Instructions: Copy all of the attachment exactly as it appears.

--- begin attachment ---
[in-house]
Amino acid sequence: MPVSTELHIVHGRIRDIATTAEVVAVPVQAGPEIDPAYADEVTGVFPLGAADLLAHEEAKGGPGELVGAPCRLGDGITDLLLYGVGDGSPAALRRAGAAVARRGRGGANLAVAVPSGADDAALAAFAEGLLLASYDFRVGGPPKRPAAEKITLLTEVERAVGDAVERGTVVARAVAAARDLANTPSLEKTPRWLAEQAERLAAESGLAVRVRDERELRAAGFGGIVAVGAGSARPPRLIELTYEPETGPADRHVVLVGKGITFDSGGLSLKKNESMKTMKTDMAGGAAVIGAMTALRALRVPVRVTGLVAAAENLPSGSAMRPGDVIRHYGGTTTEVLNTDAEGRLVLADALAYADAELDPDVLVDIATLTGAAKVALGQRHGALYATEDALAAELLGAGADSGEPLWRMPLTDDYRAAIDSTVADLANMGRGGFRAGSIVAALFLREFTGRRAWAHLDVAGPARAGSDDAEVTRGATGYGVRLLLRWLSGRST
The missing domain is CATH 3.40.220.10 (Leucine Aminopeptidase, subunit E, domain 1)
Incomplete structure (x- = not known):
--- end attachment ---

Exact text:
[in-house]
Amino acid sequence: MPVSTELHIVHGRIRDIATTAEVVAVPVQAGPEIDPAYADEVTGVFPLGAADLLAHEEAKGGPGELVGAPCRLGDGITDLLLYGVGDGSPAALRRAGAAVARRGRGGANLAVAVPSGADDAALAAFAEGLLLASYDFRVGGPPKRPAAEKITLLTEVERAVGDAVERGTVVARAVAAARDLANTPSLEKTPRWLAEQAERLAAESGLAVRVRDERELRAAGFGGIVAVGAGSARPPRLIELTYEPETGPADRHVVLVGKGITFDSGGLSLKKNESMKTMKTDMAGGAAVIGAMTALRALRVPVRVTGLVAAAENLPSGSAMRPGDVIRHYGGTTTEVLNTDAEGRLVLADALAYADAELDPDVLVDIATLTGAAKVALGQRHGALYATEDALAAELLGAGADSGEPLWRMPLTDDYRAAIDSTVADLANMGRGGFRAGSIVAALFLREFTGRRAWAHLDVAGPARAGSDDAEVTRGATGYGVRLLLRWLSGRST
The missing domain is CATH 3.40.220.10 (Leucine Aminopeptidase, subunit E, domain 1)
Incomplete structure (x- = not known):